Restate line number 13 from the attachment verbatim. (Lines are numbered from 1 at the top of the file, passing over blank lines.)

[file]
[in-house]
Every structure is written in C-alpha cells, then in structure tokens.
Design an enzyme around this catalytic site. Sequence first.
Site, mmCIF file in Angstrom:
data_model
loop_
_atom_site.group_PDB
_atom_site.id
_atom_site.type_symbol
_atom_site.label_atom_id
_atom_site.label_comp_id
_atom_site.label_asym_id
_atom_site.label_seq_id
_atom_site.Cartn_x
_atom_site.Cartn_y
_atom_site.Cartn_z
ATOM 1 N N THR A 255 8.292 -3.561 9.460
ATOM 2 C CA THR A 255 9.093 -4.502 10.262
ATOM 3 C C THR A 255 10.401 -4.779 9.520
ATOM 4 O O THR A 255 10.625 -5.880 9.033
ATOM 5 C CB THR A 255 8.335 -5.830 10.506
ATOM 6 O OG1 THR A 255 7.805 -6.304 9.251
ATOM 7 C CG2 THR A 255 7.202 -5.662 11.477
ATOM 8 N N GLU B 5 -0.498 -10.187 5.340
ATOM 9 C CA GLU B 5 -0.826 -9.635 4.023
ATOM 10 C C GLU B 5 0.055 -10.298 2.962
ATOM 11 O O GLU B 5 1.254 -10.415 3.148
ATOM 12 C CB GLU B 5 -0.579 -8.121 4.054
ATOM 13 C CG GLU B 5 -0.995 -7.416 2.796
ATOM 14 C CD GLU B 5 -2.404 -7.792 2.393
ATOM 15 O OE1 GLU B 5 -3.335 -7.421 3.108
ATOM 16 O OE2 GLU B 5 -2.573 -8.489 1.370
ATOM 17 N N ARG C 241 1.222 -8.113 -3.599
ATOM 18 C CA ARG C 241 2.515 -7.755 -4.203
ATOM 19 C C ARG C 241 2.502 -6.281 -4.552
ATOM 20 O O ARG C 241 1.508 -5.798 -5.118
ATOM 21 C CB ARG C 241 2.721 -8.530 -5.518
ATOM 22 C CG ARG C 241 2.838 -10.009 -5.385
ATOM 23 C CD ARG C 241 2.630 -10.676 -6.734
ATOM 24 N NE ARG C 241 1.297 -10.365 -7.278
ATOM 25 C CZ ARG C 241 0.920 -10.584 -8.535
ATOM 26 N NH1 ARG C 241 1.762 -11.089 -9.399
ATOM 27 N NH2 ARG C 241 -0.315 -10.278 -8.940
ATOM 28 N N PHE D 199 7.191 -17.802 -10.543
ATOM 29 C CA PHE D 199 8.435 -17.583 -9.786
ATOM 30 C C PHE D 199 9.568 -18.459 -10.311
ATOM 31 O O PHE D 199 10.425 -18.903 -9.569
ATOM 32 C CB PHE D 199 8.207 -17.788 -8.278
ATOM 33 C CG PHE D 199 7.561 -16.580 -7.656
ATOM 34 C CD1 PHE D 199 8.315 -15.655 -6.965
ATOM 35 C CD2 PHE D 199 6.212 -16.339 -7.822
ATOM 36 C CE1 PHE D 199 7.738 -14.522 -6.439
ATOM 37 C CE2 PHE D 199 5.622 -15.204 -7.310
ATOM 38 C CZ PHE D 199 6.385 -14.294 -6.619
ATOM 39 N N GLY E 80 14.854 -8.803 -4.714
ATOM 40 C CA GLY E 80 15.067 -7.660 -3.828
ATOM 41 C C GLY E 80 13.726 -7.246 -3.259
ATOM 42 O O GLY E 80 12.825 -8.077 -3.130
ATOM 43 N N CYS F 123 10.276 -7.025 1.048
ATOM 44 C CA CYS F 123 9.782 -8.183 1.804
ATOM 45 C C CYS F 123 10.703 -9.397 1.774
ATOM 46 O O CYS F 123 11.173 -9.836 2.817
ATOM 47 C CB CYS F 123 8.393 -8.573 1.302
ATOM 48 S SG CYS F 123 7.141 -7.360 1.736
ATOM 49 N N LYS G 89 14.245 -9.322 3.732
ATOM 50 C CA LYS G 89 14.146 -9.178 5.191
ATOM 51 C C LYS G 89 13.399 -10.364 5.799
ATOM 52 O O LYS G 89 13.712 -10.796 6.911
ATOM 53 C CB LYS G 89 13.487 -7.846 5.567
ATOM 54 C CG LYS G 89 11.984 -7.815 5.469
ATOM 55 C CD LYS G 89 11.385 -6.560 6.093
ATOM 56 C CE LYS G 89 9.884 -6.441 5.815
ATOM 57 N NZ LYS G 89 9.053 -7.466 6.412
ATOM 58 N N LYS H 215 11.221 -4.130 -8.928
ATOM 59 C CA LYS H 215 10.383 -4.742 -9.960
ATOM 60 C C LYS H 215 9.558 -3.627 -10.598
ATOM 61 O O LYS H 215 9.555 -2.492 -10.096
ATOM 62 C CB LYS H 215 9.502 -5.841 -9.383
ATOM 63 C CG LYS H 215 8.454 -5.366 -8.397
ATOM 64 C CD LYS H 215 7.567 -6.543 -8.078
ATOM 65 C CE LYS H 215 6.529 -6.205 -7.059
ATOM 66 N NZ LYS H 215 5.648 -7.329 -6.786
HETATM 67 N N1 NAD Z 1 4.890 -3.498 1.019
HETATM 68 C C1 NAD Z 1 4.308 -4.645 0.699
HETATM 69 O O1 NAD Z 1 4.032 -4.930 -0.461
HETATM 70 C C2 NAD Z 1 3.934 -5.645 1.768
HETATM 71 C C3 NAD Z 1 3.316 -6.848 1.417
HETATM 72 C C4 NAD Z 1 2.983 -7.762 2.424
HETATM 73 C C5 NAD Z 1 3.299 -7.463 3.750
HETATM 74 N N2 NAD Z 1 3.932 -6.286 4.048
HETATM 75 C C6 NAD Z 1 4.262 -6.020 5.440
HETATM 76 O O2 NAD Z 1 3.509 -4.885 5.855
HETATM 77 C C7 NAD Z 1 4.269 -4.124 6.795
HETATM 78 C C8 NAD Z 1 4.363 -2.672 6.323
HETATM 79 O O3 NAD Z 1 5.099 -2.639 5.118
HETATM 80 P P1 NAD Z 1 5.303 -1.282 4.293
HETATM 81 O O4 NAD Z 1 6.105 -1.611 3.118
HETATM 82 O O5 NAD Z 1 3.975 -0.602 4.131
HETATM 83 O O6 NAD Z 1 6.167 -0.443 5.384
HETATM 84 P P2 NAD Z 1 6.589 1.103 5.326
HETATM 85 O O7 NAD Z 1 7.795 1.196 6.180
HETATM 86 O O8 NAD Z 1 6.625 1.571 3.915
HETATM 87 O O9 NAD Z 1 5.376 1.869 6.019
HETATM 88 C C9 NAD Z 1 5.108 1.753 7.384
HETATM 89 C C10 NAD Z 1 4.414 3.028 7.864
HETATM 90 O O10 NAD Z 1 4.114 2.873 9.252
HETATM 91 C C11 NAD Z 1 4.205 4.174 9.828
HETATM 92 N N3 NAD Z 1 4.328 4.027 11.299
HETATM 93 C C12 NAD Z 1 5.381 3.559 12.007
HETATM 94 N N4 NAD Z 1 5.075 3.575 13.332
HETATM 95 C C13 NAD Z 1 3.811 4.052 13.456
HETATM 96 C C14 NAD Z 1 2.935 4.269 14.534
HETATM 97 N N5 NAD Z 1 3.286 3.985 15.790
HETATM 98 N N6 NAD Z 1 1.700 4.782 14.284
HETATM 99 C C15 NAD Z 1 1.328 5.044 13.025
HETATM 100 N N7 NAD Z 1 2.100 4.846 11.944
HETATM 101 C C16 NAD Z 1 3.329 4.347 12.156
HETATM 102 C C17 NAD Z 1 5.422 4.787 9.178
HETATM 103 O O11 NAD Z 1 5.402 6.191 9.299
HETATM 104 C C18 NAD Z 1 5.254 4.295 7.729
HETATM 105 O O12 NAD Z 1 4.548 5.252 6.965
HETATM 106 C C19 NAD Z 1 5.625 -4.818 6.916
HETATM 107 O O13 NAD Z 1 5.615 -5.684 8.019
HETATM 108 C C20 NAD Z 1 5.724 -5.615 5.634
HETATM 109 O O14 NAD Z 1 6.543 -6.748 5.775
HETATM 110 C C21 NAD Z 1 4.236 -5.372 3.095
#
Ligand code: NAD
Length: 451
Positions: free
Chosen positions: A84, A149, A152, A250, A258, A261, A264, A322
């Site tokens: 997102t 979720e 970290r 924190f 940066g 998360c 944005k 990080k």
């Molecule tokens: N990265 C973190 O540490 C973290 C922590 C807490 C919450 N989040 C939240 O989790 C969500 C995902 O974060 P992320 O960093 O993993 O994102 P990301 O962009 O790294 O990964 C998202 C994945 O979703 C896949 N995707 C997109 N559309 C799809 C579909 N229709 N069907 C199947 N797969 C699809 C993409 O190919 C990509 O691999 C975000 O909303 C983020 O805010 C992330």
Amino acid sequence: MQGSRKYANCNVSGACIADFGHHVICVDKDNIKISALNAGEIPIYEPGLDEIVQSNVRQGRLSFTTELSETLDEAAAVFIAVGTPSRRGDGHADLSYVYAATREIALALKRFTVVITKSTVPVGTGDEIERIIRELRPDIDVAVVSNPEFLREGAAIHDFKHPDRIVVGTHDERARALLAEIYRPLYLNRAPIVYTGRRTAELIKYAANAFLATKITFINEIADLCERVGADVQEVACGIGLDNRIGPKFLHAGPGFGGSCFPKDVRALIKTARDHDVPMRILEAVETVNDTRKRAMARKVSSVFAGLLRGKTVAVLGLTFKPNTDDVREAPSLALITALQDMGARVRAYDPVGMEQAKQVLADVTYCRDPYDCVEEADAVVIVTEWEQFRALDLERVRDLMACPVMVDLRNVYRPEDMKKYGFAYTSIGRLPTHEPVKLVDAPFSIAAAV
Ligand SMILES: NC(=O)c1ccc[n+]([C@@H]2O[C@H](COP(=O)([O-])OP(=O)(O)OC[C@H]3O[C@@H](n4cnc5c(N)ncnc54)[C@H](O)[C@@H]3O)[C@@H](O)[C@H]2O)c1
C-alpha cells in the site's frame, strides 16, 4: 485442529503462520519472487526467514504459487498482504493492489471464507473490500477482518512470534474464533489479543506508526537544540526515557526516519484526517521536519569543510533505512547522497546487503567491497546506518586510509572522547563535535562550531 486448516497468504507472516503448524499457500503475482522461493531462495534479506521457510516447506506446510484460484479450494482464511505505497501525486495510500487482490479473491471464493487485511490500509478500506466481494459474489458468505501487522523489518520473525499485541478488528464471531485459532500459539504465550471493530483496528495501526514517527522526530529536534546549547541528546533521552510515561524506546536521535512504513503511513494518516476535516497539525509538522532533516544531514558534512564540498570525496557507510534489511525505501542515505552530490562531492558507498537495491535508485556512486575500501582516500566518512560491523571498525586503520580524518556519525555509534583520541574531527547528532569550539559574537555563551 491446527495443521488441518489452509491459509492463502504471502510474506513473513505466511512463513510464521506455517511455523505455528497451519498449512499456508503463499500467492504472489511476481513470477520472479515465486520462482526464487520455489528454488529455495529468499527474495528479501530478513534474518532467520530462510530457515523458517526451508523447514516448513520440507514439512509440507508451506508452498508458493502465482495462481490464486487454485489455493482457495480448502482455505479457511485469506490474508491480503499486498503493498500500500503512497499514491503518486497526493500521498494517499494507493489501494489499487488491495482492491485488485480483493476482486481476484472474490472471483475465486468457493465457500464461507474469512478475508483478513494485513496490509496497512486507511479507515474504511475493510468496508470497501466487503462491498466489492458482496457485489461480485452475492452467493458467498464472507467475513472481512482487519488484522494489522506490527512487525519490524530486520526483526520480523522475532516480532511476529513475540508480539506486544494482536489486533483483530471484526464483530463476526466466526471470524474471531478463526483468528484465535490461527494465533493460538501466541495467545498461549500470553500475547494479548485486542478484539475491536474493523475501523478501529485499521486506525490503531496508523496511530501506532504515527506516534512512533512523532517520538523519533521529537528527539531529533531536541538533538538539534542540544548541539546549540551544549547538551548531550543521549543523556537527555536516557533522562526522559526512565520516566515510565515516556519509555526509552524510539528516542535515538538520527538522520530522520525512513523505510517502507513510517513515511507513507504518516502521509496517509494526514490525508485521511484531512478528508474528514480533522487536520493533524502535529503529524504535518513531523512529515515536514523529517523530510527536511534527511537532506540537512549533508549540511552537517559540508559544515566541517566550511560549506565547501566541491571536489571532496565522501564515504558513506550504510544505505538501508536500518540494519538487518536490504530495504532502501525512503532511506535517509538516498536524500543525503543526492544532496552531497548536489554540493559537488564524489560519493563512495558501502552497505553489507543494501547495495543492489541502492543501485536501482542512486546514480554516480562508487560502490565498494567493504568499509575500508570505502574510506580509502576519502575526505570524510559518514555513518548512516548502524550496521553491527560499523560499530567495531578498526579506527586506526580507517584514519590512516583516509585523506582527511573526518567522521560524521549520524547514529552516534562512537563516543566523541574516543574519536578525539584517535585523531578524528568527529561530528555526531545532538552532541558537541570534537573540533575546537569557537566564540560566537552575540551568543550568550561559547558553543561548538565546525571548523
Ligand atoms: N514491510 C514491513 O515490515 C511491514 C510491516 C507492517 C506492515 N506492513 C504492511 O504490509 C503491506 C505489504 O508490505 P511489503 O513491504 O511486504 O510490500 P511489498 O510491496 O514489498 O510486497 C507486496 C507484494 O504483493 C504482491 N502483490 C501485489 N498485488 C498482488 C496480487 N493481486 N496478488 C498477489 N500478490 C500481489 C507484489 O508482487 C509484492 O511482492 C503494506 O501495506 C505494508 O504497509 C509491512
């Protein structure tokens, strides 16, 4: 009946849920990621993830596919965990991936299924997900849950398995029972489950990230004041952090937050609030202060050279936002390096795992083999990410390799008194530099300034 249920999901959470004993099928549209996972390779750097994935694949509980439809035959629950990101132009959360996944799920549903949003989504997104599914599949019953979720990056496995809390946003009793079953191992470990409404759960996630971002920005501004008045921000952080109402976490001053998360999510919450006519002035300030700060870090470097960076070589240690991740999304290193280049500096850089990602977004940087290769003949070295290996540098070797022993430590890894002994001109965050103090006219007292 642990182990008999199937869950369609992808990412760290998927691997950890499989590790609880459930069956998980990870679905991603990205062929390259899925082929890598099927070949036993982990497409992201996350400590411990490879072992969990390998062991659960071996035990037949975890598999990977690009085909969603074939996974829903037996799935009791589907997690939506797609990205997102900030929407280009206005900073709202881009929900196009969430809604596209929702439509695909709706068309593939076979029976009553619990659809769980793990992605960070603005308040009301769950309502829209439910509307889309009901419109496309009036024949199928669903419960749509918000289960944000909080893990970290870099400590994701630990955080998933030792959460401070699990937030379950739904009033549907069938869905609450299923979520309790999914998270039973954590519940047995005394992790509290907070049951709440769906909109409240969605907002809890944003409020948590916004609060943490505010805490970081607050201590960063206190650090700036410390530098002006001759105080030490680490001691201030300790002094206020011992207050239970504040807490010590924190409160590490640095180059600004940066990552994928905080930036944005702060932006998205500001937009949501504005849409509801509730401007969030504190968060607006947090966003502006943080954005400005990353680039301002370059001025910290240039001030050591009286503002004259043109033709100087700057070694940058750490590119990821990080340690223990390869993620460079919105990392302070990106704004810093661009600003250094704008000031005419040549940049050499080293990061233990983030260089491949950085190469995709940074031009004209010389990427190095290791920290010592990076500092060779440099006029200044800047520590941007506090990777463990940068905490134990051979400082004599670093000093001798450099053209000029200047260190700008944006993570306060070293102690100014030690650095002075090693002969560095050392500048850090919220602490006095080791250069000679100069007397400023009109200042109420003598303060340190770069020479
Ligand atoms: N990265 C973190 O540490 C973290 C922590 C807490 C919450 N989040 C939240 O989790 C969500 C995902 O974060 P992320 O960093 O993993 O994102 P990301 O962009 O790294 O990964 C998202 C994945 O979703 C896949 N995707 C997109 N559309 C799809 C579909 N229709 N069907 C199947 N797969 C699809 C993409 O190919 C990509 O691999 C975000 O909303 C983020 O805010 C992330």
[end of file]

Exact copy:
_atom_site.label_seq_id